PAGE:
Last week, Joni Mitchell celebrated her 74th birthday amidst a surprising amount of media coverage for a “milestone” so arbitrary. Could Barbara Hannigan be Mitchell’s classical counterpart? 

A native of Saskatoon, Saskatchewan, Mitchell is praised for her range of expression as a songwriter, creativity as a guitarist, and her voice, clean, firm, and easily produced in her early recordings. Reflecting on her career for the New Yorker, Dan Chiasson says, “[men] often wanted Mitchell to be a wife, a muse, a siren, or a star. Instead, they got a genius, and one especially suited to deconstructing their fantasies of her.”

Hannigan, from humble Waverley, Nova Scotia, is a soprano notable for her fluid, delicate tone, experiments in conducting, and the wide breadth of 20th and 21st century music she has interpreted and had written for her. A paragon of creativity, a woman active across fields dominated by men, and a perpetual, ephemeral muse? And does that mean we can consider her just as revolutionary, now and going forward, as an innovator in the industry? I sure hope so, because she so deserves it.

Even when peel away the “Barbara Hannigan” mystique, the low-key sincerity and cleverness of execution that pervades the innovative, artistically airtight work that she does, there still remains a thoughtful, accessible interpreter. This side of her was on full display in recital, part of Renée Fleming’s hip-as-can-be VOICES initiative, in the Kennedy Center’s newly-renovated Terrace Theater last night.

It’s no wonder she’s new classical music’s greatest working muse—her voice is a cool, glistening, misty gossamer web of sound. The innate fluidity with which she moves between notes across her range, from earthier lower reaches to a sensuous, floral upper register is a marvel. And although it’s not a voice with many colorings, the base sound is so pleasing and so effortless in its production that it seldom matters. It can be projected on to and sculpted. Indeed, there is no more beautiful a piece of marble than Barbara Hannigan.

In a program of late 19th and early 20th century lieder, she showed this manifold versatility across an array of composers, all the while supported thoughtfully by Reinbert de Leeuw, an accomplished composer in his own right. Opening with an uncomfortably melodic set of songs by Schoenberg (for which the Kennedy Center couldn’t find translations, apparently), Hannigan drew high notes out of midair and set a standard for easily negotiating the unmusical fronted vowels and palatal fricatives German provides.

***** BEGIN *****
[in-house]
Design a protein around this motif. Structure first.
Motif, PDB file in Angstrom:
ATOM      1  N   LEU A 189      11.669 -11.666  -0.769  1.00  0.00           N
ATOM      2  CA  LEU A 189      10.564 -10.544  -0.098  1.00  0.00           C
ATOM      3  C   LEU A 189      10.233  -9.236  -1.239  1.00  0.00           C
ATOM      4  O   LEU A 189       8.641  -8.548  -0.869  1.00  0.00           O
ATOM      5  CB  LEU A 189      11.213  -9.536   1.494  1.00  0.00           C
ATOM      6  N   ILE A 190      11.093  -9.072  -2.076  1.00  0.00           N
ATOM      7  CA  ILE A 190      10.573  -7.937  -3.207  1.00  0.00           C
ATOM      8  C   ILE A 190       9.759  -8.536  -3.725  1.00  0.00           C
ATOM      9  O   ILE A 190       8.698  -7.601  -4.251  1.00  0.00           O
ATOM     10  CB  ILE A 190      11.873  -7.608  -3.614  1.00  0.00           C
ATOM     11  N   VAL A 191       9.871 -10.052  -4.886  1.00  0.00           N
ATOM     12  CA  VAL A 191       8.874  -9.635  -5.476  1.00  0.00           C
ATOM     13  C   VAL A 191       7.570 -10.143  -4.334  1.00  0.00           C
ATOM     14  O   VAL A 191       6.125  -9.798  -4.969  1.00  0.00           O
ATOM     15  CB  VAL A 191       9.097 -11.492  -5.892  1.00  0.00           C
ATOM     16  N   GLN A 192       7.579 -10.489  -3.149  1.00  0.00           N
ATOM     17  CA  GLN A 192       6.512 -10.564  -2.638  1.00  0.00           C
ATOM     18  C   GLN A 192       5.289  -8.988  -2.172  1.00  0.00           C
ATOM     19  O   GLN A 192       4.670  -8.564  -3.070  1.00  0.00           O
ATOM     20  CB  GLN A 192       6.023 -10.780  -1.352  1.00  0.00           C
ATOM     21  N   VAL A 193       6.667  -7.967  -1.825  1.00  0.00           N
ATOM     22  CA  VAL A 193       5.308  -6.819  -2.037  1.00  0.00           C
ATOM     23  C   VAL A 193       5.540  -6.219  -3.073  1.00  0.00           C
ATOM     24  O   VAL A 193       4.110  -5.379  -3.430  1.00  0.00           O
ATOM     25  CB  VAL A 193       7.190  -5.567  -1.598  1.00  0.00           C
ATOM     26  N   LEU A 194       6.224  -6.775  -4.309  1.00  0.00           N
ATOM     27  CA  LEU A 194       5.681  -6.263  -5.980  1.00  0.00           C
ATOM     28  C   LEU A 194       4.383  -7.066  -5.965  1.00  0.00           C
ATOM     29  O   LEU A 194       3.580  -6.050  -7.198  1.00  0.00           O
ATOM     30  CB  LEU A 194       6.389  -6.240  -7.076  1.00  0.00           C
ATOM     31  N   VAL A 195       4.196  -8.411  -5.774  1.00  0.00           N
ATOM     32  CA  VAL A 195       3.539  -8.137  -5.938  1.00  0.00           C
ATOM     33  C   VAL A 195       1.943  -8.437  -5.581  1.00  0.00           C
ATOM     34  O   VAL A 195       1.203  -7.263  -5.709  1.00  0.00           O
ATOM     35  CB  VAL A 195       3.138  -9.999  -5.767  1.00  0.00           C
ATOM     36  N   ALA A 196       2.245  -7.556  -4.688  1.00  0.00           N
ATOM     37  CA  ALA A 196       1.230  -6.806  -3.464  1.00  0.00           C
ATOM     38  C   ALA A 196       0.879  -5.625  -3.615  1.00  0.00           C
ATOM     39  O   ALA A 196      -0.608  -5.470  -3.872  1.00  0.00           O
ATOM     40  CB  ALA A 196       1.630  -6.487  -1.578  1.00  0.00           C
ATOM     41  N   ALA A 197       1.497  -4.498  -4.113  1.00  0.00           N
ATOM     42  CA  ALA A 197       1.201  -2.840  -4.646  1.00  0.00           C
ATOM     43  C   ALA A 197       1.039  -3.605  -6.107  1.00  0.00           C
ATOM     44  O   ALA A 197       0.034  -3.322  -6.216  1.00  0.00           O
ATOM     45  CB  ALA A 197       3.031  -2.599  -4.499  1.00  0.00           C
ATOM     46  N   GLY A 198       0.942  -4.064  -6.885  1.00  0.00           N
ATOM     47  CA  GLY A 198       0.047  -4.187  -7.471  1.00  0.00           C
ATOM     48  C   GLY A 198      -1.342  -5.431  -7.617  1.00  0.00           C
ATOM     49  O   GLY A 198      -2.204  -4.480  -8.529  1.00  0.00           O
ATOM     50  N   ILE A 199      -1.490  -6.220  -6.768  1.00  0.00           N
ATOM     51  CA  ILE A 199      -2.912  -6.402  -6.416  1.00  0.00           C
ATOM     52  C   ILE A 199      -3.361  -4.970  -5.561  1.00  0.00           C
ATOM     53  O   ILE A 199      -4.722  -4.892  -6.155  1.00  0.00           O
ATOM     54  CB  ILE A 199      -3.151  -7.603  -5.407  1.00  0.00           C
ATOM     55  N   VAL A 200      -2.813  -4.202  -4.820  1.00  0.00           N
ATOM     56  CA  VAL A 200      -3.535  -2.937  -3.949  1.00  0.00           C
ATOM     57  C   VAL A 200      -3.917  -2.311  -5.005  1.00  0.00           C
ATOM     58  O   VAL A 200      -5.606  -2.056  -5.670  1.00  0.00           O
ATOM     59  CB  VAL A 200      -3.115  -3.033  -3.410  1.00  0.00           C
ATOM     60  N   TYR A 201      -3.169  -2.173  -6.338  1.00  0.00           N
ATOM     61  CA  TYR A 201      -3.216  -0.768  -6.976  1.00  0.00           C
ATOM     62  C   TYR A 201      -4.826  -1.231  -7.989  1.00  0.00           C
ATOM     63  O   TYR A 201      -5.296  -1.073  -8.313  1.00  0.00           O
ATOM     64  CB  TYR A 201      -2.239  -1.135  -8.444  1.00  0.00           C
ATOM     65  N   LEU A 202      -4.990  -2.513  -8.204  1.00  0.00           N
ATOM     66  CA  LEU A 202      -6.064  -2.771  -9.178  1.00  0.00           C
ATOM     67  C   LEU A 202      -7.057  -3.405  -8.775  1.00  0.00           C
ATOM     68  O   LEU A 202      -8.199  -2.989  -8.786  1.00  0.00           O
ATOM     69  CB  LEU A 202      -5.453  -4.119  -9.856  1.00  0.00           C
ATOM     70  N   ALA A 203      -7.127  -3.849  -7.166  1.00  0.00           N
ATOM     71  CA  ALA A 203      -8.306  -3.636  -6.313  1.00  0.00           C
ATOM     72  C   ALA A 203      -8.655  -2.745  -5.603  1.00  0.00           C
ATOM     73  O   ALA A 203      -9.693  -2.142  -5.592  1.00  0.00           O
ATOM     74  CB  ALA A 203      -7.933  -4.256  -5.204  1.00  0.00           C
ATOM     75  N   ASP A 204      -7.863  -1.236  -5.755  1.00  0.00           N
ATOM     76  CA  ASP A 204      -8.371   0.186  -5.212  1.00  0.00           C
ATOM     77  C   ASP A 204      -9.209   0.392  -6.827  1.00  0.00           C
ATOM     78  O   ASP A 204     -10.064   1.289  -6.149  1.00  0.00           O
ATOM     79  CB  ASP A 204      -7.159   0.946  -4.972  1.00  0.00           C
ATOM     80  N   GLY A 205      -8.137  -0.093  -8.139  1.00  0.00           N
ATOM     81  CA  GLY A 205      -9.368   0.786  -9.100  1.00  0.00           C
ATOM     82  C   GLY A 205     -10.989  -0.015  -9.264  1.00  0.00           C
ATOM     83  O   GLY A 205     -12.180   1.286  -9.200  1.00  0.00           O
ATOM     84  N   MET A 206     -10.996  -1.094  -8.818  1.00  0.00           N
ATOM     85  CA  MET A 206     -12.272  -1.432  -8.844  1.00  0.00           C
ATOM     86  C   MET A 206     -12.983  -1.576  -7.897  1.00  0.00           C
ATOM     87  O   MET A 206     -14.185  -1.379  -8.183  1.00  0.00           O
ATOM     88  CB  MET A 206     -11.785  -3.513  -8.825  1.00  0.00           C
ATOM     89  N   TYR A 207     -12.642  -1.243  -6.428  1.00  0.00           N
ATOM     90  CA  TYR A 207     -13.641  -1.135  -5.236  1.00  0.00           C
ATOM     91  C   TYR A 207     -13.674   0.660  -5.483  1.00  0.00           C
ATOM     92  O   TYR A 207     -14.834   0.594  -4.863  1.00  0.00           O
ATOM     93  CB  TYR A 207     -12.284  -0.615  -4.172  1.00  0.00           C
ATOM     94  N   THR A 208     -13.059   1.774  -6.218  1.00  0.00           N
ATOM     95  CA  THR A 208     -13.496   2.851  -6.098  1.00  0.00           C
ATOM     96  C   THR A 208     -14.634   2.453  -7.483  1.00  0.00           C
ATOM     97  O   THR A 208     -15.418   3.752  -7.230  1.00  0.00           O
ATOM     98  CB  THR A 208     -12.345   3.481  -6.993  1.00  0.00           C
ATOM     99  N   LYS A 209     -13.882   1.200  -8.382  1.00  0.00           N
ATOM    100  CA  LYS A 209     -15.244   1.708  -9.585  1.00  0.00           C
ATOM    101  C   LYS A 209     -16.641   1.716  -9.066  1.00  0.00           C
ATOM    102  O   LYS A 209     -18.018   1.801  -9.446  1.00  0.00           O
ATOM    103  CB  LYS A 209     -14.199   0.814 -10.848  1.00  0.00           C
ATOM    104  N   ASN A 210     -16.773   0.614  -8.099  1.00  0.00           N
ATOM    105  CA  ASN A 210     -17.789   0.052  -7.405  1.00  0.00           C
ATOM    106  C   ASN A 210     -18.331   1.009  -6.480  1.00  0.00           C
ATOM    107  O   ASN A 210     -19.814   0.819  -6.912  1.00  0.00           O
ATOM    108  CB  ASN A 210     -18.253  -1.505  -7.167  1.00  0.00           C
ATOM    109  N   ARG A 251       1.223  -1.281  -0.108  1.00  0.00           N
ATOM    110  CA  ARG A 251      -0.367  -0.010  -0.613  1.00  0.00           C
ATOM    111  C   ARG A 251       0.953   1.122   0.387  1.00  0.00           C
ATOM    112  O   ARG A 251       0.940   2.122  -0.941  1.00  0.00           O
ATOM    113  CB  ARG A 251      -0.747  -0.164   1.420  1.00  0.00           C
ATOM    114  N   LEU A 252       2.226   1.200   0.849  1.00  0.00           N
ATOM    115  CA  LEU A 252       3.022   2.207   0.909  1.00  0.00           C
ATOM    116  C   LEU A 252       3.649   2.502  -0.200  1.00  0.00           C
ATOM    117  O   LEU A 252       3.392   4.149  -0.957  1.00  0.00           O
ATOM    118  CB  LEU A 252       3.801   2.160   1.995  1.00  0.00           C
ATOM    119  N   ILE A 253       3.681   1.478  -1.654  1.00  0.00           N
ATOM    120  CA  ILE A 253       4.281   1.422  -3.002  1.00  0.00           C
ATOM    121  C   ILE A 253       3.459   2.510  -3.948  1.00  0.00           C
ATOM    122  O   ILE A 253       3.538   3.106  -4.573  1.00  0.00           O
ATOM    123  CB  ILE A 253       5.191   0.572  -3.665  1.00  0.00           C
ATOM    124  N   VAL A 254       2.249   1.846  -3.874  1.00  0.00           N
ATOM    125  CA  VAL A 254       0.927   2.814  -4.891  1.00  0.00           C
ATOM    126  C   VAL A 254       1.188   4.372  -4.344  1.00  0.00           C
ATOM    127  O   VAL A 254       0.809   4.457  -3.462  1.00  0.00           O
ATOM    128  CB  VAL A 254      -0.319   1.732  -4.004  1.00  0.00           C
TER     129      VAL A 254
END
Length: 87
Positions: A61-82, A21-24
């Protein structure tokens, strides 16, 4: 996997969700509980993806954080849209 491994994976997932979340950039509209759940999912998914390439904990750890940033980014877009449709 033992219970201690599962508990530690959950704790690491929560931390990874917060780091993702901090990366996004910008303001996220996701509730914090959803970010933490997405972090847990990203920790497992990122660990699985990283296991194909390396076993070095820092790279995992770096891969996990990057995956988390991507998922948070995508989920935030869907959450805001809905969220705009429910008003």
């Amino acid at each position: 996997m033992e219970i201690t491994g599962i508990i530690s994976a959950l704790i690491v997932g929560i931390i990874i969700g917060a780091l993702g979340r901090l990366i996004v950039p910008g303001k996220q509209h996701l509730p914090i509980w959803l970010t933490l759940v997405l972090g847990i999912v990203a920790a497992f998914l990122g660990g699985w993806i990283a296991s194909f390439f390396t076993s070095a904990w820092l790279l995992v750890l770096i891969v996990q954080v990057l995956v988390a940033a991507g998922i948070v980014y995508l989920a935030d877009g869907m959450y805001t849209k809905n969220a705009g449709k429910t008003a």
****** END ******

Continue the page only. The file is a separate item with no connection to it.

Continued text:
The second song, “Schenk mir deinen goldenen Kamm” ended with a haunting plea for the narrator’s beloved Magdalena, while the third song, “Erhebung” showed that the voice can withstand the force of the pieces climactic final B-natural. de Leeuw’s calculated, dynamically provocative accompaniment in the measures of music that followed countered Hannigan’s heightened emotionality—it is Schonberg, after all.

In the Anton Webern selections that followed, five songs united by uneasily rippling melodies, heard Hannigan playing with her hard-to-detect vibrato, teasing the ear with various resonances across the songs and leaping from note to note with feather-light ease. She used her gently emotive physicality to strong effect here as a lover in rapture, but her positioning herself in the nook of the open-lid piano and refusing to budge her right hand from its grip throughout the performance made her resemble a tethered balloon desperate to float away.

Alban Berg’s atmospheric Sieben frühe Lieder, which alternate between traditional, amorous, and post-coital, were what followed. The final “Sommertage” exposed a gentle flutter in the voice when Hannigan puts pressure on the top, but the most notable was “Die Nachtigall,” in which each successive stanza built to more powerful finish. The song, about a nightingale whose song provokes the mocking natural beauty of a loveless world, reached a glorious ending on the phrase “Die Rosen aufgesprungen”—“the roses have sprung up.” Listening to Hannigan often feels that way.

The Alezander Zemlinsky lieder were performed earnestly, including an especially lusty “Tiefe Sehnsucht,” a trembling, haunting “Schlaf nur ein,” and a conversational “Entbietung.”

However, the highlight of the evening was four Mahler (Alma Mahler, to be exact) songs, and it wasn’t even for their vocalization. In four erratic, moody songs by another one of history’s great muses, Hannigan pushes past the musical deficiencies of the songs—they’re simply not very interesting—and hones in on the texts by Dehmel, Falke, Heine, and Birnbaum. Suddenly, the songs were the painful laments, pleas, and longings of a woman deeply insecure in relationships.

Twice widowed, once divorced, and famously amorous, Mahler came alive through Hannigan who breathed vulnerable vitality, despite its consistent testing of her middle register, the weakest point in her voice, into the second-rate music. Concluding with Hugo Wolf’s Mignon Lieder and no encores, Hannigan performed the most inherently dramatic pieces of the program with a combination of wide-eyed lamentation and quiet mania.

The night was only marred by the Kennedy Center’s seeming ineptitude in actually presenting a vocal recital—the lights in the Terrace were turned off during the performance and translations were consistently spotty and inaccurate (including a random Dutch version of one of the German songs side by side with the English). Still, though, Hannigan’s lucid singing won the evening.

Any good recital is about the present—the momentary significance of a small gesture, especially thoughtful delivery of notes. A good recitalist asks for truth, for time, and for now. My words? Nope. Joni Mitchell’s.